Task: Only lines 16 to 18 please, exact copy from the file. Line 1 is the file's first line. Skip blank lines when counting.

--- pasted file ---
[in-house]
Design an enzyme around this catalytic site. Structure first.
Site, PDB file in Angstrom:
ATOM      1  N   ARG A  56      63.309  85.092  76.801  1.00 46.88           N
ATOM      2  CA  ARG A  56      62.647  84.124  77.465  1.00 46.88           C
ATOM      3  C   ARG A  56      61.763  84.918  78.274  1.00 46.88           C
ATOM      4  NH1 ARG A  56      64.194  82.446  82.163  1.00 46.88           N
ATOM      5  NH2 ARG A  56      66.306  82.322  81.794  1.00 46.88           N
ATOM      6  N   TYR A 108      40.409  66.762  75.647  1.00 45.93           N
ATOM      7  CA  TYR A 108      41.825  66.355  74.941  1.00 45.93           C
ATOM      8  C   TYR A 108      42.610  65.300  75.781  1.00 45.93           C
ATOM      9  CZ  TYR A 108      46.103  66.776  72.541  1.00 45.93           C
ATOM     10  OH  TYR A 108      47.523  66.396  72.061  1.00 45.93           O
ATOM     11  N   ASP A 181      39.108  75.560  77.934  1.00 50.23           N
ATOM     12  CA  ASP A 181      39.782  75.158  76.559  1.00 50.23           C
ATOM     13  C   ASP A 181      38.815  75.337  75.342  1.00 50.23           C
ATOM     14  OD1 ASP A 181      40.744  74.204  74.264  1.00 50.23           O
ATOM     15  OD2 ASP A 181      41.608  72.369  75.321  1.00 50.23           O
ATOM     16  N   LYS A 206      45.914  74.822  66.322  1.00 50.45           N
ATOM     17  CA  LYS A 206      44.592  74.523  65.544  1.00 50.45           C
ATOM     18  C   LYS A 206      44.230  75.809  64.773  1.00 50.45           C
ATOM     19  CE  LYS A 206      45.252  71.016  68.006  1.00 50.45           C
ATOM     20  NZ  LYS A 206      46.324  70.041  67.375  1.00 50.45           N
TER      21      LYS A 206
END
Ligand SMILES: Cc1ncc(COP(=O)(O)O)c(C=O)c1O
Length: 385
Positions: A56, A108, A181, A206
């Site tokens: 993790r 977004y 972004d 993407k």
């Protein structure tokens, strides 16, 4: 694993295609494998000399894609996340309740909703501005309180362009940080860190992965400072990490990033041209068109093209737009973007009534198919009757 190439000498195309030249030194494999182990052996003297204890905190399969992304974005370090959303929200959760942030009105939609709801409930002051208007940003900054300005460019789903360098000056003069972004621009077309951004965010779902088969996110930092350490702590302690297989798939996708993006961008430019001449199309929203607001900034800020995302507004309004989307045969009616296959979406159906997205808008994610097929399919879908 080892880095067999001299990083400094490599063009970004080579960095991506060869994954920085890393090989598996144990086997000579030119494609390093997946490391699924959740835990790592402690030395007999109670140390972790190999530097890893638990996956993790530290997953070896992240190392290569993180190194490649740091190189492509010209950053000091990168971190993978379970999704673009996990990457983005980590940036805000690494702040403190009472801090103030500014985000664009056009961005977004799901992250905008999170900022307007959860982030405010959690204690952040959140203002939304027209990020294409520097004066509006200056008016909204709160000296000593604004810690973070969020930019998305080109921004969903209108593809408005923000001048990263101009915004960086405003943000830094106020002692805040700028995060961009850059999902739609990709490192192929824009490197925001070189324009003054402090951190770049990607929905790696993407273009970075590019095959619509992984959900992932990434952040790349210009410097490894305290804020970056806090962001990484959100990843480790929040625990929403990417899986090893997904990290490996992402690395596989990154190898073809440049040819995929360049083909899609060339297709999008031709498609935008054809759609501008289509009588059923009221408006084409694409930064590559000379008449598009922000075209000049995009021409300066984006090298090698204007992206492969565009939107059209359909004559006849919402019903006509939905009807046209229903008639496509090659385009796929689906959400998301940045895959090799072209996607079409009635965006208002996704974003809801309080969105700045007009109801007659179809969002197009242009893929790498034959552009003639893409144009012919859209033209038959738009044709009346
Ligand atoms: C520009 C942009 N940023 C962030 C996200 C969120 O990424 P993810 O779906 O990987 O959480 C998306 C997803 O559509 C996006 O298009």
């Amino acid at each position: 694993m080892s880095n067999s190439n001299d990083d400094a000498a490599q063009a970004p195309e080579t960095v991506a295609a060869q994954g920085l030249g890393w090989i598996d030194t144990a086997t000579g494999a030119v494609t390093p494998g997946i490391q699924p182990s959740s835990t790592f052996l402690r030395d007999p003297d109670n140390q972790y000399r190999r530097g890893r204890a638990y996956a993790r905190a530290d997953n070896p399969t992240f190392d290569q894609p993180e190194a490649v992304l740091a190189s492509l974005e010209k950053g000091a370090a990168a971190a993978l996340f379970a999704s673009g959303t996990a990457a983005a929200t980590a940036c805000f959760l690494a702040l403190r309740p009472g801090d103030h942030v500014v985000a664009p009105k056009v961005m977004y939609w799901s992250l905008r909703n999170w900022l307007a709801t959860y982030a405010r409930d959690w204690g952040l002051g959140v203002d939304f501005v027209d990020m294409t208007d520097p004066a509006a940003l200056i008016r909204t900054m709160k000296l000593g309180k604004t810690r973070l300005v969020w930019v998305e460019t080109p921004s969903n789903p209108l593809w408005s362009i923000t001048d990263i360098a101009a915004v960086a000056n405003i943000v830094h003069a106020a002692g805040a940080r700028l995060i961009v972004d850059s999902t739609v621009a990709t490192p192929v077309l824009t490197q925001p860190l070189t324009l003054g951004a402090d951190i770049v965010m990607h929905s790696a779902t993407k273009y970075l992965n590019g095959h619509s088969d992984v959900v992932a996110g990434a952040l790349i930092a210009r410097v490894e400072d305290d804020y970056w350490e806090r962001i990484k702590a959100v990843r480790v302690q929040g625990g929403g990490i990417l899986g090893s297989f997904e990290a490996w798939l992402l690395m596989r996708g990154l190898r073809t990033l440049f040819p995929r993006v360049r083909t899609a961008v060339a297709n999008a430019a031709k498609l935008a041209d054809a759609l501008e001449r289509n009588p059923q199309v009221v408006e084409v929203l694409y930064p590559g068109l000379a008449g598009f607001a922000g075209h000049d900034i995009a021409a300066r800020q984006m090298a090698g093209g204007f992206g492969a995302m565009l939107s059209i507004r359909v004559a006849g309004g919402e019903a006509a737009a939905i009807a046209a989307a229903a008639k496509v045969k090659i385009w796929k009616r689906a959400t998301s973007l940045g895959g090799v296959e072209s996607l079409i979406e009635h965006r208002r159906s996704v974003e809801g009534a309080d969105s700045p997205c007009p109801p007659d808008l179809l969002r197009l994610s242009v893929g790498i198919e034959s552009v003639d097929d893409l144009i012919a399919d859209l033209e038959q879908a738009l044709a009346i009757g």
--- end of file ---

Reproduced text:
ATOM     13  C   ASP A 181      38.815  75.337  75.342  1.00 50.23           C
ATOM     14  OD1 ASP A 181      40.744  74.204  74.264  1.00 50.23           O
ATOM     15  OD2 ASP A 181      41.608  72.369  75.321  1.00 50.23           O